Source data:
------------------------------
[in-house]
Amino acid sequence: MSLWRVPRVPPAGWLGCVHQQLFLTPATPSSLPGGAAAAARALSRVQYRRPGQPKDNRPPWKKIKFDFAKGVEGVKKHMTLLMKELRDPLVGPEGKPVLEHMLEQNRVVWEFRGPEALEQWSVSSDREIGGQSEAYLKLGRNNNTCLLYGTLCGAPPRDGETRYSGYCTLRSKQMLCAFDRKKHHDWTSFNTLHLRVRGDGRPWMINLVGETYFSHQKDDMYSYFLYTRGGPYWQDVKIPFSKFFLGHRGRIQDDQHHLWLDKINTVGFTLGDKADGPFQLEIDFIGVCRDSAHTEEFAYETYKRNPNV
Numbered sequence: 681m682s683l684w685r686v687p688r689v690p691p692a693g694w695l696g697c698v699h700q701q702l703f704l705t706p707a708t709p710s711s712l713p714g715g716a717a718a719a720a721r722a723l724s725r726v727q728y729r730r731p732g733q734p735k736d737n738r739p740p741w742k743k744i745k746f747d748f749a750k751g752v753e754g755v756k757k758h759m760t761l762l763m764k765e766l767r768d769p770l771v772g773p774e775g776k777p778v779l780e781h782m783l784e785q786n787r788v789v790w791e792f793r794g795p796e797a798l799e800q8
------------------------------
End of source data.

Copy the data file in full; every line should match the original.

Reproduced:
[in-house]
Amino acid sequence: MSLWRVPRVPPAGWLGCVHQQLFLTPATPSSLPGGAAAAARALSRVQYRRPGQPKDNRPPWKKIKFDFAKGVEGVKKHMTLLMKELRDPLVGPEGKPVLEHMLEQNRVVWEFRGPEALEQWSVSSDREIGGQSEAYLKLGRNNNTCLLYGTLCGAPPRDGETRYSGYCTLRSKQMLCAFDRKKHHDWTSFNTLHLRVRGDGRPWMINLVGETYFSHQKDDMYSYFLYTRGGPYWQDVKIPFSKFFLGHRGRIQDDQHHLWLDKINTVGFTLGDKADGPFQLEIDFIGVCRDSAHTEEFAYETYKRNPNV
Numbered sequence: 681m682s683l684w685r686v687p688r689v690p691p692a693g694w695l696g697c698v699h700q701q702l703f704l705t706p707a708t709p710s711s712l713p714g715g716a717a718a719a720a721r722a723l724s725r726v727q728y729r730r731p732g733q734p735k736d737n738r739p740p741w742k743k744i745k746f747d748f749a750k751g752v753e754g755v756k757k758h759m760t761l762l763m764k765e766l767r768d769p770l771v772g773p774e775g776k777p778v779l780e781h782m783l784e785q786n787r788v789v790w791e792f793r794g795p796e797a798l799e800q8